Microbiology

History of Microbiology



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Although the actual study of microbiology did not officially begin until the mid 1800's people, unofficially, recognized that some small entity caused diseases and acted accordingly.

Microbiology in Ancient Times

People living in ancient times recognized the diseases were spread through contact with other people. Examples of this can be seen in the shunning of lepers as well as during the Black Death that struck Europe resulted in many sick people being left behind. Although ancient people could see masses of microbes, such as mold that grew on food, it is doubtful that they recognized that as living organisms.

The Beginning of Microbiology

The first person to claim they saw microbes under a crude microscope was a man named Robert Hooke. Although he did see fungus on plant cells, due to the poor quality of his lens he probably couldn't actually see any bacteria. After Hooke came Anton Van Leeuwenhoek, who lived during the late 17th century and was the first person to actually see bacteria and accurately describe them. His original use was for looking at cloth but at some point he had a chance to look at something infested with microbes. His claim that what he saw was alive shocked everyone.

The Fathers of Microbiology

The two fathers of microbiology, L. Pasteur and Robert Koch, both lived during the 19th century and helped to advance the field immensely. Pasteur disproved the theory of spontaneous generation by proving that microbes grew rather than just appearing. Pasteur also invented the method pasteurization whereby only the bacteria that spoil the product are killed off. Koch however, who was a physician, became interested in anthrax. Anthrax at that time was common in both farmers and their animals. Koch also spotted a bacterium like Pasteur did, his however was found in the blood of anthrax victims and he figured that must be the cause of the disease. To prove this he isolated the bacteria and was able to introduce it into other animals and then re-isolate it. Because his experiment and techniques could be easily reproduced he quickly became famous. His way of doing experiments is still used today.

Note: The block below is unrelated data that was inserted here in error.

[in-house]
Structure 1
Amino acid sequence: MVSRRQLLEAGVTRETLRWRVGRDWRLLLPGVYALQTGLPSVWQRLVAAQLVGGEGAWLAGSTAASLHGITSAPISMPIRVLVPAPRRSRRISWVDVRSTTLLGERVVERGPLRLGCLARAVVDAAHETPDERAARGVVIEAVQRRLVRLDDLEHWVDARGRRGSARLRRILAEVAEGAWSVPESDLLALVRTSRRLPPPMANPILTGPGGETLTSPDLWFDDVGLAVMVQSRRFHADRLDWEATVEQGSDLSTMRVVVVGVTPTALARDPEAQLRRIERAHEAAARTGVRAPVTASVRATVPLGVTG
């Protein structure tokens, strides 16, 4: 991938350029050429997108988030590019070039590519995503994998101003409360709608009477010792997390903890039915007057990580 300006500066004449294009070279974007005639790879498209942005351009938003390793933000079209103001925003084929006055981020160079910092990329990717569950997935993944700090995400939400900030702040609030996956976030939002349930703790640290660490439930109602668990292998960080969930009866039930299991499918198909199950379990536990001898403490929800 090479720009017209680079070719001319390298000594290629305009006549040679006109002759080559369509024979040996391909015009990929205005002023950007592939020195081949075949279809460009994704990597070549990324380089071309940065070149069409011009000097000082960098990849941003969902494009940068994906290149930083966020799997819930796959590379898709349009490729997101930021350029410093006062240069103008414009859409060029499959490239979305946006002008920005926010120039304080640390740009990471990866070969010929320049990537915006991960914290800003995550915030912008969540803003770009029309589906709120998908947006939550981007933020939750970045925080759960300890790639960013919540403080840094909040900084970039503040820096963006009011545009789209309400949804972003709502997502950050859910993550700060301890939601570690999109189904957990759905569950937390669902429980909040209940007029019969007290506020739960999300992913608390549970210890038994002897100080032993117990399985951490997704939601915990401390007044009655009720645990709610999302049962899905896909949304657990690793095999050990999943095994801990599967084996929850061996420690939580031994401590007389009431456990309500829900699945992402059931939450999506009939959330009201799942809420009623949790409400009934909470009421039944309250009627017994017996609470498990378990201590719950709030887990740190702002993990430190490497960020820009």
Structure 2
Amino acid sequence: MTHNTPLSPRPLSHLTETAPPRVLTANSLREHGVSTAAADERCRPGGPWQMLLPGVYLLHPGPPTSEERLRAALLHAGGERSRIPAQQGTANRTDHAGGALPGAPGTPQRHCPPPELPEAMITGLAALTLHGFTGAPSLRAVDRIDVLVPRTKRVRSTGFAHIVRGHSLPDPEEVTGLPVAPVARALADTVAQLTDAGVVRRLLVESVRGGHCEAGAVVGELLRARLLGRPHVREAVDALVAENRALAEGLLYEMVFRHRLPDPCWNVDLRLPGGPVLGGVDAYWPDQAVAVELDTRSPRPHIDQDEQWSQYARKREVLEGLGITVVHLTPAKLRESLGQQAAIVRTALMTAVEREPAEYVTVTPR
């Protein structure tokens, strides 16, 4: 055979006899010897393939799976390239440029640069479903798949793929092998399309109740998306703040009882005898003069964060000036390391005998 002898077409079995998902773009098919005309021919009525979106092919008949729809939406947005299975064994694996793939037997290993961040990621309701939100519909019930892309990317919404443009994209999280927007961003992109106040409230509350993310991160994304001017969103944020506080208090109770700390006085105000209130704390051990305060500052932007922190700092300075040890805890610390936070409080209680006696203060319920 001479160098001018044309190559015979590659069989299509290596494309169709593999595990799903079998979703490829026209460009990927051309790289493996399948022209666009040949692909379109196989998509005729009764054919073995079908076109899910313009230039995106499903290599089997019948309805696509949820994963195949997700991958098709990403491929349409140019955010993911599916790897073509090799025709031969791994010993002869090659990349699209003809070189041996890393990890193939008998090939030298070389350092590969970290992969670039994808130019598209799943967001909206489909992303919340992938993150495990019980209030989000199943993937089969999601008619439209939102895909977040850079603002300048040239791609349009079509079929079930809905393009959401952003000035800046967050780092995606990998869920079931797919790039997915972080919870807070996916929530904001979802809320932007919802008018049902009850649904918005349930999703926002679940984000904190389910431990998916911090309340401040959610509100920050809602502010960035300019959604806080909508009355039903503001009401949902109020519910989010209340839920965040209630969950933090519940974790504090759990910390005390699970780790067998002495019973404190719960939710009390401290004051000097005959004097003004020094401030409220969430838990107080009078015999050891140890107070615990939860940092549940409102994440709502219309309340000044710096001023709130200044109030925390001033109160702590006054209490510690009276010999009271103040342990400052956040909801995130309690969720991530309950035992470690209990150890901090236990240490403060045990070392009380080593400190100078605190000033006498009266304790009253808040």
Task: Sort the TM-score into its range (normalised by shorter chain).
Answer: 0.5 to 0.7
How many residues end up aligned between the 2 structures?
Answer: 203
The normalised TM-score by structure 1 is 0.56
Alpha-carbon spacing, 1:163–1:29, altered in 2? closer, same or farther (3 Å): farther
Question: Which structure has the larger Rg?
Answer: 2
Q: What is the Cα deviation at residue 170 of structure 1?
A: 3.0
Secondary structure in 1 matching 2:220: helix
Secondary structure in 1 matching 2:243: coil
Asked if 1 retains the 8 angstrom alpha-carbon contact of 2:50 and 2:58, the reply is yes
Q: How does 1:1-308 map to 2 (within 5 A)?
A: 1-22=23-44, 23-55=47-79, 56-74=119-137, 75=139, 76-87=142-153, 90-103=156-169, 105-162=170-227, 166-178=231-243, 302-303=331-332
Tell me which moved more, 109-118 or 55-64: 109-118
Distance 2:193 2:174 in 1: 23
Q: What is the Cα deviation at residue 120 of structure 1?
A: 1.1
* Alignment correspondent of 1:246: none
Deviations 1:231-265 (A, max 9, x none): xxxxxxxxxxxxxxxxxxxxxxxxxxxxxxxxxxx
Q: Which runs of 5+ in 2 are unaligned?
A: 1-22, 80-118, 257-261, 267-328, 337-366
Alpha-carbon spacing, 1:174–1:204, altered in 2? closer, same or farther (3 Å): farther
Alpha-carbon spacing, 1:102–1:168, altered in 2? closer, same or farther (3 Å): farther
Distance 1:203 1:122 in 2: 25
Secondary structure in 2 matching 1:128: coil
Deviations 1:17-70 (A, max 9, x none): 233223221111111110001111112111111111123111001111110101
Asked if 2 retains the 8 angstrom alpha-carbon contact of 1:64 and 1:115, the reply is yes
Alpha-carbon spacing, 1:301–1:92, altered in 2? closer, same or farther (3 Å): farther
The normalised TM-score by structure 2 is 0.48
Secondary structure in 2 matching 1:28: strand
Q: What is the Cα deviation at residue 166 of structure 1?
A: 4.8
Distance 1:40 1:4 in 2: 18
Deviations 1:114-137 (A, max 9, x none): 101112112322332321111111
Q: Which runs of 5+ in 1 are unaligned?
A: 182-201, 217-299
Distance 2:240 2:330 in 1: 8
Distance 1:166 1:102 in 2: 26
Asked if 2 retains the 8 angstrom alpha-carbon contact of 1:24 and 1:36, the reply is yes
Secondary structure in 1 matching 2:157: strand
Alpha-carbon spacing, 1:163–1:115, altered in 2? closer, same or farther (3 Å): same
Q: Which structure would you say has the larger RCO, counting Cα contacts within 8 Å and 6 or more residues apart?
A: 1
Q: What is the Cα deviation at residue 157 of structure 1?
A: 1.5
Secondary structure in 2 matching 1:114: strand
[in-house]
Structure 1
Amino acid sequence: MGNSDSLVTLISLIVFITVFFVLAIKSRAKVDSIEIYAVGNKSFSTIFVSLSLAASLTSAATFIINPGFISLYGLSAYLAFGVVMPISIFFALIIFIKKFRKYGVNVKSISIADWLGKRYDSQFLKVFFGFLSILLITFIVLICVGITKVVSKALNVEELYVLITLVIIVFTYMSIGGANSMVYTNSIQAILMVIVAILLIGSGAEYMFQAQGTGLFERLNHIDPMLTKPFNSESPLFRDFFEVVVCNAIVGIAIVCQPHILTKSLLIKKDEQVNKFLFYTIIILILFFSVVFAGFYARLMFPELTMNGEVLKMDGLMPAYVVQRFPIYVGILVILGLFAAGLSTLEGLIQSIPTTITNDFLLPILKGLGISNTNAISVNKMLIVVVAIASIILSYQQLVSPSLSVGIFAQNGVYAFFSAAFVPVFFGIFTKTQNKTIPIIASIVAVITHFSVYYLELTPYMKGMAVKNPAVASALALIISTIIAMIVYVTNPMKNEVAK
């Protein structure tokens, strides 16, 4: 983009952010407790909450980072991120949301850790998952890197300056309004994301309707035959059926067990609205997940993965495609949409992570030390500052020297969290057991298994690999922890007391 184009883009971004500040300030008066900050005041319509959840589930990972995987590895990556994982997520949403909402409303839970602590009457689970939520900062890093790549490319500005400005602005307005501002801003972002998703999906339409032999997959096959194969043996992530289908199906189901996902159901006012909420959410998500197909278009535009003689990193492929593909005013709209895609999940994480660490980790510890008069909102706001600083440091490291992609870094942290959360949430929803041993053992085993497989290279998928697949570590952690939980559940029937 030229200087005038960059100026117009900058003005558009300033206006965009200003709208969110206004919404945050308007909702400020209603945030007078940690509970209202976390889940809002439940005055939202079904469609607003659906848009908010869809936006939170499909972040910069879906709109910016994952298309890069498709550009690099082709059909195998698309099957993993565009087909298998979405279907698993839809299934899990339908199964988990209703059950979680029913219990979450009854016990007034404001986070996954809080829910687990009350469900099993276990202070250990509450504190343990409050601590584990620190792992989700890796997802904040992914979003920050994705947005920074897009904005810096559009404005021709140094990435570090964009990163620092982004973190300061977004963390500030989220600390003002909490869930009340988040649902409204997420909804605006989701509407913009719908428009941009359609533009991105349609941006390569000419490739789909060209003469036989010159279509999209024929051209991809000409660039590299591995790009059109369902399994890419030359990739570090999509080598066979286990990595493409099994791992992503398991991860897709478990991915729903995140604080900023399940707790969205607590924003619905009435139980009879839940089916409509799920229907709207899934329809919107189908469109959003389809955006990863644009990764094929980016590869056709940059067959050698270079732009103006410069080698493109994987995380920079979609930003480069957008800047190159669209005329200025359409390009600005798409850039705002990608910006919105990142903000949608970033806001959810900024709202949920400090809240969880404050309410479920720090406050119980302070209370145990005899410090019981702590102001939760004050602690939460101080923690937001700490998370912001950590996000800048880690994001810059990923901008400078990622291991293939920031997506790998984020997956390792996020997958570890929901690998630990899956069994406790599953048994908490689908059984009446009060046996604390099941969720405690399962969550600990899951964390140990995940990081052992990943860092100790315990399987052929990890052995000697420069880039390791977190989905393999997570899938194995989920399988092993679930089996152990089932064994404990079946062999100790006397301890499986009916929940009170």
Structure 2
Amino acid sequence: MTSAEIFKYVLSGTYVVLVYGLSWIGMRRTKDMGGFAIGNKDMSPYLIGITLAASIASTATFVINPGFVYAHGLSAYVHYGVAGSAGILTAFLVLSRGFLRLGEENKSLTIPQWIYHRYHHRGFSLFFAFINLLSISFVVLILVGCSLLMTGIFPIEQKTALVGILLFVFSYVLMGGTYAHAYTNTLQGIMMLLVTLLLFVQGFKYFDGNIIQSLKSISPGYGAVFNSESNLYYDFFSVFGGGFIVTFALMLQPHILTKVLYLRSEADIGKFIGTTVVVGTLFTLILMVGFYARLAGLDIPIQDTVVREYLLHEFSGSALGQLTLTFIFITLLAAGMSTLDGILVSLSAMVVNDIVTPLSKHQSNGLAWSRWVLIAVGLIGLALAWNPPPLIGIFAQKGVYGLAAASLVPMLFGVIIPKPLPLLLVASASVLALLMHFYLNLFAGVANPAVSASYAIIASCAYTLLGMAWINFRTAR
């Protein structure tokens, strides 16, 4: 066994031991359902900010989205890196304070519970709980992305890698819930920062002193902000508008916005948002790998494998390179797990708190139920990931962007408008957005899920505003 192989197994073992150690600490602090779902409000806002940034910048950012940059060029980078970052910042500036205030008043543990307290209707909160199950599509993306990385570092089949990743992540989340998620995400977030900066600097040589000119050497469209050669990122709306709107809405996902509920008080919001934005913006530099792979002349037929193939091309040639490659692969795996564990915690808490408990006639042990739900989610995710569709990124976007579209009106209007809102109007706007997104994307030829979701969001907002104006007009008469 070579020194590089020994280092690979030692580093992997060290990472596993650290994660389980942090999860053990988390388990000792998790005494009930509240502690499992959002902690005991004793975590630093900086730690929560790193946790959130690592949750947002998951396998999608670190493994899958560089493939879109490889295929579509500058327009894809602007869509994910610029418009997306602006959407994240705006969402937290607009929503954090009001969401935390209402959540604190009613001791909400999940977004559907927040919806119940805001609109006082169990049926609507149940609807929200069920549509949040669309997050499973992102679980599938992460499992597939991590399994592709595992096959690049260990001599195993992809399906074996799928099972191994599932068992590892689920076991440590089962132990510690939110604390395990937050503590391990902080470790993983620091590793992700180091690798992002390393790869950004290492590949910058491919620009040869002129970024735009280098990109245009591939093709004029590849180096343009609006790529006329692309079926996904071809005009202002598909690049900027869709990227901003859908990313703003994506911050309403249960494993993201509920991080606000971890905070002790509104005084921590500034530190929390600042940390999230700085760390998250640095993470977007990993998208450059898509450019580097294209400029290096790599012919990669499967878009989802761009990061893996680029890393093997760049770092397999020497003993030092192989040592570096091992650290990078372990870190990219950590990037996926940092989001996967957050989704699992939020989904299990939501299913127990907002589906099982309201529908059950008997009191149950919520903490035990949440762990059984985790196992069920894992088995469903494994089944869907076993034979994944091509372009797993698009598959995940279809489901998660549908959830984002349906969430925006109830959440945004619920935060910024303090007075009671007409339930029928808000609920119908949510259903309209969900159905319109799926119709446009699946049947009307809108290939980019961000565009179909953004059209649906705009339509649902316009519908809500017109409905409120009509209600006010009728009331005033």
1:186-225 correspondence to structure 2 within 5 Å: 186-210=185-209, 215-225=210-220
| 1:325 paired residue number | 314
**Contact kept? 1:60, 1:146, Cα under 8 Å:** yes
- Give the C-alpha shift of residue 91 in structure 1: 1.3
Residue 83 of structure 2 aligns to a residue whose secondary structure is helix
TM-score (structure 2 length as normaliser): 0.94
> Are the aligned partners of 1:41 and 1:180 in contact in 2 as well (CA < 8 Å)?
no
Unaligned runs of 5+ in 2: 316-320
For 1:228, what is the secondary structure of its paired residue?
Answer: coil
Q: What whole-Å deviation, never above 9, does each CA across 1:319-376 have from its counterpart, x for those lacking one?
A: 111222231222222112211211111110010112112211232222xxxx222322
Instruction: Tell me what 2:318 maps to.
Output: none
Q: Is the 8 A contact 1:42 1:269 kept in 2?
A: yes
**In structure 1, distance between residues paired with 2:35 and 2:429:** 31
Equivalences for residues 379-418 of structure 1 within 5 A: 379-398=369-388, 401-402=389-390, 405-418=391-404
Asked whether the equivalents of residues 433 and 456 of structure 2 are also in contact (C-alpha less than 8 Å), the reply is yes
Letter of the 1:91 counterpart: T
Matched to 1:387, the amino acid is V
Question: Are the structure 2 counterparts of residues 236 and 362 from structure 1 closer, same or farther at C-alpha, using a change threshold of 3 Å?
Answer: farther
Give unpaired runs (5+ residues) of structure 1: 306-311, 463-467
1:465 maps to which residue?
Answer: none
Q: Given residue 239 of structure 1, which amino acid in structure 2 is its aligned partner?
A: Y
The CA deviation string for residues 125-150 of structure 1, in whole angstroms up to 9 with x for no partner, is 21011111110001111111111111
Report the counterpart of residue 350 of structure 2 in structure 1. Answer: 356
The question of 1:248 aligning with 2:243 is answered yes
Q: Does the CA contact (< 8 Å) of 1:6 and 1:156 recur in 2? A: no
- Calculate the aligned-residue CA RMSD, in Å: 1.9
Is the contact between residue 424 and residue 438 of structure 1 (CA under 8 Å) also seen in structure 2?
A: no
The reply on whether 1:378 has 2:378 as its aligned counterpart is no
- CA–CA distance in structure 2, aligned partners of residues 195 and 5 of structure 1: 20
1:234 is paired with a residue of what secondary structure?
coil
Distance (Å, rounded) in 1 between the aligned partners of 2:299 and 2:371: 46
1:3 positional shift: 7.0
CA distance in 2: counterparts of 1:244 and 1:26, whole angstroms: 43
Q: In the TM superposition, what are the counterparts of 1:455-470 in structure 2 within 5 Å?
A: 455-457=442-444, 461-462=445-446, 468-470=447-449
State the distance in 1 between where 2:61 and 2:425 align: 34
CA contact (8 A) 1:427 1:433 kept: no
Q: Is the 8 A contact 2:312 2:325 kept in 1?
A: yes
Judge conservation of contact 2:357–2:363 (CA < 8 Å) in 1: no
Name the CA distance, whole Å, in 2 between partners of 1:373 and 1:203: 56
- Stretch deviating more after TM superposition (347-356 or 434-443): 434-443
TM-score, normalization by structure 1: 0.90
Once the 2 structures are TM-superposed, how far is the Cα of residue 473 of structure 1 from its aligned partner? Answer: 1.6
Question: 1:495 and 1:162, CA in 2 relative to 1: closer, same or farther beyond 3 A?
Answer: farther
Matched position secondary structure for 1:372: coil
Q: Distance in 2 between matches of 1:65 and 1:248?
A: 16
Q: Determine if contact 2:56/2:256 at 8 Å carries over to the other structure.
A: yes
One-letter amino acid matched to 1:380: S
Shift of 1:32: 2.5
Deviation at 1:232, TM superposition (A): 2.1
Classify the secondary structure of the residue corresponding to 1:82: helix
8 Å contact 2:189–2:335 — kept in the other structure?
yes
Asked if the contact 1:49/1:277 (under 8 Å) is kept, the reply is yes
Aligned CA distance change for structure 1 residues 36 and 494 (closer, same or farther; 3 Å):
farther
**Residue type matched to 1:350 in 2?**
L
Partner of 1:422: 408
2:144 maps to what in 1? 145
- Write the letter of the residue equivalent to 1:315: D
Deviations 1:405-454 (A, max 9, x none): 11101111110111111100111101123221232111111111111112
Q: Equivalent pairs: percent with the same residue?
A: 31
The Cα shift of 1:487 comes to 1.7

The study of microbiology has come a long way since these two men made their first discoveries. Today diseases caused by the millions of microbes that inhabit the earth can be controlled and helped through the use of antibiotics. There continue to be advances everyday in this field and much thanks should be given to those who came before and paved the way for modern scientists.

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